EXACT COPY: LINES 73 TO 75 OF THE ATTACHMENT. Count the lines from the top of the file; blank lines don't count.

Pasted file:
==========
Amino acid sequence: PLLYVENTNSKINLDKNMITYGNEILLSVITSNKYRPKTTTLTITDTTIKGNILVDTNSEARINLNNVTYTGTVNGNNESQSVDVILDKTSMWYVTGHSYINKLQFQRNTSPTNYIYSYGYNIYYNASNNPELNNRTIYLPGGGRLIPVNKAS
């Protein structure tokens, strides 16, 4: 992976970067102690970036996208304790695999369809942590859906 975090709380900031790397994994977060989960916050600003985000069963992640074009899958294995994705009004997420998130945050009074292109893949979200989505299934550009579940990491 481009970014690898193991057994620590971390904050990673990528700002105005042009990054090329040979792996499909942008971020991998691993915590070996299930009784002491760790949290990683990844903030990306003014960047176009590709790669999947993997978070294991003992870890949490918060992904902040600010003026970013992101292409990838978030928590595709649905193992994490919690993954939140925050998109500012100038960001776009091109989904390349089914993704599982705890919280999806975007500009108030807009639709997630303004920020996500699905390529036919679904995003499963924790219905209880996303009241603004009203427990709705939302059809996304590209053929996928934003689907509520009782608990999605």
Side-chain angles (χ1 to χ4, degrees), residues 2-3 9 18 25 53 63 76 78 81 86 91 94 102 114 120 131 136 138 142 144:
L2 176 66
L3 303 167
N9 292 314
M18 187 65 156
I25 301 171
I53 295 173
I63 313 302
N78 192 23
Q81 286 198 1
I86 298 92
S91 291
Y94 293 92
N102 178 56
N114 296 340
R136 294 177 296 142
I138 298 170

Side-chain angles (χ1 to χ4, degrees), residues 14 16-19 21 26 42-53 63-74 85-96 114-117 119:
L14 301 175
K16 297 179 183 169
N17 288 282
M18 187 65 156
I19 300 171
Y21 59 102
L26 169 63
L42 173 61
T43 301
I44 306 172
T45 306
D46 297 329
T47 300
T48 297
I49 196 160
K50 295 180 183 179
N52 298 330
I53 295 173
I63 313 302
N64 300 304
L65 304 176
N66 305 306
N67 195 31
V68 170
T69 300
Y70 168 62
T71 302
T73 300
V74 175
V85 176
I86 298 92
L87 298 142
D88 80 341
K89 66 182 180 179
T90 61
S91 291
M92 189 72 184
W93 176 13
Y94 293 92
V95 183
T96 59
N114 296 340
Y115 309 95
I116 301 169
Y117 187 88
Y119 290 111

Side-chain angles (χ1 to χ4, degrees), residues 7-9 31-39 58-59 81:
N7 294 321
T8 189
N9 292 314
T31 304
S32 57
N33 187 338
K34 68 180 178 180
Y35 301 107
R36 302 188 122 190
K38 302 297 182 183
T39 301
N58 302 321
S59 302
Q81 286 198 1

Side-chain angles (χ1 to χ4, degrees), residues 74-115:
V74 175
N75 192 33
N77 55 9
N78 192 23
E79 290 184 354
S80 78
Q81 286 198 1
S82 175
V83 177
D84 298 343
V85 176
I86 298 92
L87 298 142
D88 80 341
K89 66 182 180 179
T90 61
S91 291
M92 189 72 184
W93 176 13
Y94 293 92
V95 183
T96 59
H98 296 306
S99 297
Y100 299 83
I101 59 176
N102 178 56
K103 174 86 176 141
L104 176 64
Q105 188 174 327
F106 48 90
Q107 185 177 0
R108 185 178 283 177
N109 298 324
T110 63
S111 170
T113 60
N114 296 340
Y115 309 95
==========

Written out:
N33 187 338
K34 68 180 178 180
Y35 301 107